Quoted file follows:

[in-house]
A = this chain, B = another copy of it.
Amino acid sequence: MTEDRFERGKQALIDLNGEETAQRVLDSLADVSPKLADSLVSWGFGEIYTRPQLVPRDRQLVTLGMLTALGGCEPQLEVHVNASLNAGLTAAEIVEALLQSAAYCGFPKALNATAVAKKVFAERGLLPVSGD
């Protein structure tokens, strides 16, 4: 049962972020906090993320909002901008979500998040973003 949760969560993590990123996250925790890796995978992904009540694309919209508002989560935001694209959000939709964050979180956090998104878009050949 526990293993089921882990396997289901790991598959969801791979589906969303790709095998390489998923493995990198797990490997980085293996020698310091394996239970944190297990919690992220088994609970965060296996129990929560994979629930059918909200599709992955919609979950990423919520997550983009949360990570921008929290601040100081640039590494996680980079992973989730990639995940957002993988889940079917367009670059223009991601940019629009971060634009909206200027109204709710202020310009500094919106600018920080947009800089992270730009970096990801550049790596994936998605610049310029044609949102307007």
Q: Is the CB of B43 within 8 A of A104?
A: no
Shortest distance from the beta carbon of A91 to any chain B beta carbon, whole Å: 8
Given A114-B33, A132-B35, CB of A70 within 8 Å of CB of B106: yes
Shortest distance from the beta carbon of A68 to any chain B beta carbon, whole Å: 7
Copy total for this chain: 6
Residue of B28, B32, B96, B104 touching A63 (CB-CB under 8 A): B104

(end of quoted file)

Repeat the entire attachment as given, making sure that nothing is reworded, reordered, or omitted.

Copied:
[in-house]
A = this chain, B = another copy of it.
Amino acid sequence: MTEDRFERGKQALIDLNGEETAQRVLDSLADVSPKLADSLVSWGFGEIYTRPQLVPRDRQLVTLGMLTALGGCEPQLEVHVNASLNAGLTAAEIVEALLQSAAYCGFPKALNATAVAKKVFAERGLLPVSGD
């Protein structure tokens, strides 16, 4: 049962972020906090993320909002901008979500998040973003 949760969560993590990123996250925790890796995978992904009540694309919209508002989560935001694209959000939709964050979180956090998104878009050949 526990293993089921882990396997289901790991598959969801791979589906969303790709095998390489998923493995990198797990490997980085293996020698310091394996239970944190297990919690992220088994609970965060296996129990929560994979629930059918909200599709992955919609979950990423919520997550983009949360990570921008929290601040100081640039590494996680980079992973989730990639995940957002993988889940079917367009670059223009991601940019629009971060634009909206200027109204709710202020310009500094919106600018920080947009800089992270730009970096990801550049790596994936998605610049310029044609949102307007």
Q: Is the CB of B43 within 8 A of A104?
A: no
Shortest distance from the beta carbon of A91 to any chain B beta carbon, whole Å: 8
Given A114-B33, A132-B35, CB of A70 within 8 Å of CB of B106: yes
Shortest distance from the beta carbon of A68 to any chain B beta carbon, whole Å: 7
Copy total for this chain: 6
Residue of B28, B32, B96, B104 touching A63 (CB-CB under 8 A): B104